“I feel I have a lot of experience at this stage, especially seeing the younger ones coming in, like Méabh Murphy, who is the bone of 18, 19. Orlaith Cahalane, a minor this year. I remember when I was that age. It’s several moons ago at this point.

“It’s completely different. My first All Ireland in 2014, I was 18 and 19 and a bábóg. I was so small, small in stature, but I was given a job. I remember Matthew Twomey was involved that year and for the semi-final and final I remember Matthew and Paudie were talking to me.

“I particularly remember having marked Ursula Jacob in the semi-final at Thurles. They said to me, “Ursula Jacob usually gets x number of possessions per game” – I think it was seven or eight – “but she tends to score from them. If you can count down from seven or eight; you flipped it once, you only have seven left. You flipped it, then you blocked it, now there are only five left.

“Now I take care of myself and focus a lot on that before the big games, but I also make sure the girls around me are okay. Because, Gemma O’Connor, Aoife Murray, Orla Cotter, the likes of these girls always took care of me when I was that age Watching me, always being there on the pitch as an option for me if I was on the ball So I try to do that for the most Girls.

Arriving as a corner defender when the current chiseled frame had yet to be sculpted, Treacy then moved to full-back when Anna Geary retired. Center back has always been her natural habitat and she is now the reigning All-Star in the pivot position.

“I’ve been a full-back for longer than expected. I never expected to play full-back for Cork’s senior camo team and of course I’d play anywhere to wear the Cork shirt. , but the central defender is completely different.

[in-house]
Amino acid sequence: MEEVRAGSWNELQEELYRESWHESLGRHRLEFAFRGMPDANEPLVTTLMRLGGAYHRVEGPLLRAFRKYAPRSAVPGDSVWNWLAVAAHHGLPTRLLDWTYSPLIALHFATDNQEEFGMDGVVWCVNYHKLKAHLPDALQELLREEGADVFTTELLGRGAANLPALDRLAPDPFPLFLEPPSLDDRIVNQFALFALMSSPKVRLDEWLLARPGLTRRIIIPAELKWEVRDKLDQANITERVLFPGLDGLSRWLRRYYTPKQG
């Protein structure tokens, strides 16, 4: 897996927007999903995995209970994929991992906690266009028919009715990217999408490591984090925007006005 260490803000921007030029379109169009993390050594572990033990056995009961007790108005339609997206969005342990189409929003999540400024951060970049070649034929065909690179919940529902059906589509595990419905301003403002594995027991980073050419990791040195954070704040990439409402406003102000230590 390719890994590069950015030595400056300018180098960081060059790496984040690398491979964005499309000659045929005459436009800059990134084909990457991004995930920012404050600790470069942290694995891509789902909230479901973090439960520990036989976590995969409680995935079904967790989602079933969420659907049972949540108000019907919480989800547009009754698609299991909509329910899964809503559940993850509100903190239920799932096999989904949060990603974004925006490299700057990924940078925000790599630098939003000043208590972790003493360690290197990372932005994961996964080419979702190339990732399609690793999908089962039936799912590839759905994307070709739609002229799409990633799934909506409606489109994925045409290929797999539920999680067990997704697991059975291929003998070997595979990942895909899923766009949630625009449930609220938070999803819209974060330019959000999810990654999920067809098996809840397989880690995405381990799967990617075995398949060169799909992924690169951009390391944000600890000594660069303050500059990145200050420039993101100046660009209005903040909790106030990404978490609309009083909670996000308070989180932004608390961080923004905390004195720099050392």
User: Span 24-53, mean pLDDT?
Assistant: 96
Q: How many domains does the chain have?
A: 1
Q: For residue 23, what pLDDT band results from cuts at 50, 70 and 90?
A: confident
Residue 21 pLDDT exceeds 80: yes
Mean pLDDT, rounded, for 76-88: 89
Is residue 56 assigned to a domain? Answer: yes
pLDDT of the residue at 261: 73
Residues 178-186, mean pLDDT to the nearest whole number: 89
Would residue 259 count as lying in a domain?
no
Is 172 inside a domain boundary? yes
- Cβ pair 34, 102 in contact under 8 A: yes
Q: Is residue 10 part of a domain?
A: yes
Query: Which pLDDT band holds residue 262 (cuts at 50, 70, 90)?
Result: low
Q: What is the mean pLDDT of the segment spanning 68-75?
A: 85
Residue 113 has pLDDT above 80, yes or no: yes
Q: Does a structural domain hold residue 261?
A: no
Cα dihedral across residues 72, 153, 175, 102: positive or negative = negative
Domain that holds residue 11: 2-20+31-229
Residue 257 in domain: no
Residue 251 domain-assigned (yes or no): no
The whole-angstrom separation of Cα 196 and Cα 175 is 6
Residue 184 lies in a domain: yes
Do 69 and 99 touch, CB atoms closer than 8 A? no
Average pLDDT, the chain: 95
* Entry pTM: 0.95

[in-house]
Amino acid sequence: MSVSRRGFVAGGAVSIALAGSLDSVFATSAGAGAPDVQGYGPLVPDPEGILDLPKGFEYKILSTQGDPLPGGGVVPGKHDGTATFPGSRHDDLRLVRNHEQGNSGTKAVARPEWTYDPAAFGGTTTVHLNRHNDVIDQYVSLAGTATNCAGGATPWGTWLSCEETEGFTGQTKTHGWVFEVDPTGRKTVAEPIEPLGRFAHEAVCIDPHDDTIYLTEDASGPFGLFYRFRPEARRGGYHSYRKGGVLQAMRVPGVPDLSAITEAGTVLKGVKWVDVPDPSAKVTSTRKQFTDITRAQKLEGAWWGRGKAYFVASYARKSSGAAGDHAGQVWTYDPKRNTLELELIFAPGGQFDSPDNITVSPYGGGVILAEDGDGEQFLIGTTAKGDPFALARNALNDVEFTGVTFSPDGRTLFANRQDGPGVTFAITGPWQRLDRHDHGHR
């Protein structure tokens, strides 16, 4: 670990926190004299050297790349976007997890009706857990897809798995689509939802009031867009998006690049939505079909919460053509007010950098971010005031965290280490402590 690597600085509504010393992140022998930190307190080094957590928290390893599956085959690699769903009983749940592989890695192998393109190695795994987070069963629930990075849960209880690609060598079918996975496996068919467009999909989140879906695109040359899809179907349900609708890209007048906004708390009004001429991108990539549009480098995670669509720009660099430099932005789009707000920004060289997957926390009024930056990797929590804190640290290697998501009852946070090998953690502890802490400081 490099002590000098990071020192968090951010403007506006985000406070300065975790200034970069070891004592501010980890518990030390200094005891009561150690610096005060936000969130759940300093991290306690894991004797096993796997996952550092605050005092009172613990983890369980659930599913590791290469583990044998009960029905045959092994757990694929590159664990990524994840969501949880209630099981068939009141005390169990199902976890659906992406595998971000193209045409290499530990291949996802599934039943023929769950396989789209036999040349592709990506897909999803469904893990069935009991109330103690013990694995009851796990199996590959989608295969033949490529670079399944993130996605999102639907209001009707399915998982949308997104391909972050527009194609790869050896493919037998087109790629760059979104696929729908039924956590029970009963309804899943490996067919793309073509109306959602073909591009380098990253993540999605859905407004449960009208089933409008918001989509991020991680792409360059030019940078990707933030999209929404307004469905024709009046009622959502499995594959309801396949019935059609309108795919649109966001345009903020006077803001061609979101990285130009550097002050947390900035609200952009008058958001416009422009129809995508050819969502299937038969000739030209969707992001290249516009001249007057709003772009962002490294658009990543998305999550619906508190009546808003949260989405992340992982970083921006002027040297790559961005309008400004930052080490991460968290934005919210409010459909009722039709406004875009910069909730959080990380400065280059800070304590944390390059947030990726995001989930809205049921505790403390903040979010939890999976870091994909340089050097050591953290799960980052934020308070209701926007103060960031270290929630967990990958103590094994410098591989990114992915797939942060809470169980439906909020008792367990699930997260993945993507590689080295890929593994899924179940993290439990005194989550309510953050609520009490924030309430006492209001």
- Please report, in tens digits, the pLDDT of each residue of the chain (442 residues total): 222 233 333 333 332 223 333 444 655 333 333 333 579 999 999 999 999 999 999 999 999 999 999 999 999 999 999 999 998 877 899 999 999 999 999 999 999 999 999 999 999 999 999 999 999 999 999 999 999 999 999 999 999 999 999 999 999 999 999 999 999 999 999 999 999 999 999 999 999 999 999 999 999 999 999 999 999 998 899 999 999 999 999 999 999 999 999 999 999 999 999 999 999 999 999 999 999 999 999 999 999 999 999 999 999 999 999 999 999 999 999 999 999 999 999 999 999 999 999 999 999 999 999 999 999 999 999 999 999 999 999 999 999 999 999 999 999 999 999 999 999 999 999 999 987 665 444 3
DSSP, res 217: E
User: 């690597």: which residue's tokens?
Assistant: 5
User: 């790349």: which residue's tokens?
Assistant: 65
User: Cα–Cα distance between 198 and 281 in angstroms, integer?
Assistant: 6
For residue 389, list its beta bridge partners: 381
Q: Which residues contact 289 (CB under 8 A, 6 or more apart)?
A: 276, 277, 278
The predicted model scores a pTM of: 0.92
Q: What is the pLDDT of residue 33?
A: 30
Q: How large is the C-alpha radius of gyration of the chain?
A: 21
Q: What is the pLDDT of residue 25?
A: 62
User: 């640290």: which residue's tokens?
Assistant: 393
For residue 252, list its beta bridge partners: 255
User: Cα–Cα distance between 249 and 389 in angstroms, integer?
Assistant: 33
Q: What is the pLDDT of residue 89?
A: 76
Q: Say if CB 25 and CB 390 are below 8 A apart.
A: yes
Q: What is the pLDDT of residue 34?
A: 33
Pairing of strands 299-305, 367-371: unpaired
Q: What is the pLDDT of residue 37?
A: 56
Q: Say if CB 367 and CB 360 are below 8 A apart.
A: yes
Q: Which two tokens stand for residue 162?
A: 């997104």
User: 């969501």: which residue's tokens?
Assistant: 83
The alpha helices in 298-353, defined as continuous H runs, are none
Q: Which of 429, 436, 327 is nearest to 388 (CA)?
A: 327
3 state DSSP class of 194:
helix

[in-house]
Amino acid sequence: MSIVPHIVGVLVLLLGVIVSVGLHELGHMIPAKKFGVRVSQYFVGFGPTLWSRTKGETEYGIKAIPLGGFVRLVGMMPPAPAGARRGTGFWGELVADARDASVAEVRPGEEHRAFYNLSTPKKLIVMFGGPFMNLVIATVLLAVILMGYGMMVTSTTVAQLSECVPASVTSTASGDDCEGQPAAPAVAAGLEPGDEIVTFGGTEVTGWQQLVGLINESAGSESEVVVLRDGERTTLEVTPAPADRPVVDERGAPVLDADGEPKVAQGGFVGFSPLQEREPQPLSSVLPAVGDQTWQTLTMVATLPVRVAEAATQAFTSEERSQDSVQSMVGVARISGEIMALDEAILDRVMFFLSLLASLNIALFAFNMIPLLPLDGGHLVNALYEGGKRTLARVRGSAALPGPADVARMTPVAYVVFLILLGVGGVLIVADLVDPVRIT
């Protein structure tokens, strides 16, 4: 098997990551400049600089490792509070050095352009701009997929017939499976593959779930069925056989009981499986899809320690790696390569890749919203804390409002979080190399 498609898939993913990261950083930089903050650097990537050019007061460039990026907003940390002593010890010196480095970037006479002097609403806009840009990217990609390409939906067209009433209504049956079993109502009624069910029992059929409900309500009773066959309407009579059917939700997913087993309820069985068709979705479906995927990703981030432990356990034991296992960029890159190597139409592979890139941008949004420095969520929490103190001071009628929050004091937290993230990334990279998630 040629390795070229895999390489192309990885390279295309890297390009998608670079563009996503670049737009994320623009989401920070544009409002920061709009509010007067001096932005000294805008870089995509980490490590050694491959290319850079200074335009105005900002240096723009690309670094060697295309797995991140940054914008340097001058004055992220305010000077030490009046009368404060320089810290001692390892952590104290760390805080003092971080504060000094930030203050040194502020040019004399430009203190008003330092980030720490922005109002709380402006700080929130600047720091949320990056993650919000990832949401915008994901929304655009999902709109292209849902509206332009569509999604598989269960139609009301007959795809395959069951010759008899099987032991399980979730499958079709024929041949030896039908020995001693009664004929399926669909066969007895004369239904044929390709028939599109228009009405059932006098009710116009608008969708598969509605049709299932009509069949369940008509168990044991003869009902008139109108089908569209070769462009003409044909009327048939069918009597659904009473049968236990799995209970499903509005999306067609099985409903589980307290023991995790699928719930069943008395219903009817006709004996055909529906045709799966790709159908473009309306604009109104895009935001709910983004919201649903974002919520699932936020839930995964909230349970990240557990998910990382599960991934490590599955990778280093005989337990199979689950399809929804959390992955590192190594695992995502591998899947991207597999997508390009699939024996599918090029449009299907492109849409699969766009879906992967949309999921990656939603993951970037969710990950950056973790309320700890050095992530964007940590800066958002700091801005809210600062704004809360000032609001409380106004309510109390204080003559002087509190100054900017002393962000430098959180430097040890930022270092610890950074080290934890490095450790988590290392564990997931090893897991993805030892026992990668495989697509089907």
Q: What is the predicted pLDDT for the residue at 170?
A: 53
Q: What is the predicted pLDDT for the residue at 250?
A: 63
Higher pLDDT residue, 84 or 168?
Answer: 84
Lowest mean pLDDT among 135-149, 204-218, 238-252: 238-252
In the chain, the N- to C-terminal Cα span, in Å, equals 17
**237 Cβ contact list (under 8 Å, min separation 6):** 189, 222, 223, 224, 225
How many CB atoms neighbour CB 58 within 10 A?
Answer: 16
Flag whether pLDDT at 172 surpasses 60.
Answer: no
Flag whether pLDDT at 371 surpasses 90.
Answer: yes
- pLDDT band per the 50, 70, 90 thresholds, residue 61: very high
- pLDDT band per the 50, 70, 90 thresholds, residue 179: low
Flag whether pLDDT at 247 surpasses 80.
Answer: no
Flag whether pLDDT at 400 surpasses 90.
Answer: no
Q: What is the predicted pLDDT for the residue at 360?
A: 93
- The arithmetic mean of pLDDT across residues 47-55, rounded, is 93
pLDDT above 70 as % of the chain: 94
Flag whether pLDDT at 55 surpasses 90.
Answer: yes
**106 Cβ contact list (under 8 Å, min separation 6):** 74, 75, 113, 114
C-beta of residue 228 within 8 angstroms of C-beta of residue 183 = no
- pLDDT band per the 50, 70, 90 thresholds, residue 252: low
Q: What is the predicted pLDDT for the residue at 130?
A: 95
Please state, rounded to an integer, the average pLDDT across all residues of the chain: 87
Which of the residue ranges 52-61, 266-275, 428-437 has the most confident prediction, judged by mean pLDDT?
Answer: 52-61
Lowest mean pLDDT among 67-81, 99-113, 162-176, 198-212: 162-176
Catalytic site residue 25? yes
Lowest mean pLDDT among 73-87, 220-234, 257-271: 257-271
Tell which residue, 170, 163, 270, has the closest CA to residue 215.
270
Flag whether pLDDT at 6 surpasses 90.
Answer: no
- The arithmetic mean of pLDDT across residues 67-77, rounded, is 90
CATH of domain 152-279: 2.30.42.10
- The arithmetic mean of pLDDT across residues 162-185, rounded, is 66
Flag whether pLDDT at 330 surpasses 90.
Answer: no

“You seem to be more involved in the game and bonding a bit more with the players and the ability to go forward maybe a bit more as well. So I like the centre-back.”

She don’t promise the rake points to the Gemma O’Connor happier to maintain role as defensive anchor and supply Katrina Mackey, Sorcha McCartan, Amy O’Connor et al.

Kilkenny were the opponents in their first All-Ireland in 2014. Only Mackey and Ashling Thompson remain in the Cork squad, although Joanne Casey is involved in the middles and the player she came on for in injury time, the legendary Jenny Curry. [née O’Leary] is back for Armagh in the first junior final.

Claire Phelan, Denise Gaule, Katie Power and Miriam Walsh survive for the Cats, while Emma Kavanagh and Leann Fennelly remain on the panel. They know each other well.

“Thinking back to the All-Irelands many moons ago, even in 2016 when they beat us, they still have a lot of those players and so do we. So we’re quite used to each other.

“We know what Kilkenny brings. They bring that absolute dogfight. They’re serious stalkers. They won’t let you pass easily and they work really hard at the simple things. It’s a big ask for us to match that. , I guess, but we have to do it if we have a chance of winning this game.

“Throughout the year we’ve been hit with injuries, losing players like Orla Cronin to injury and stuff, so we’ve had to fight a lot and also dig deep to win games. This character is there.

“We showed it again against Waterford, but if you can’t show that character for the full 60 minutes or the immense work rate, we won’t get the win.”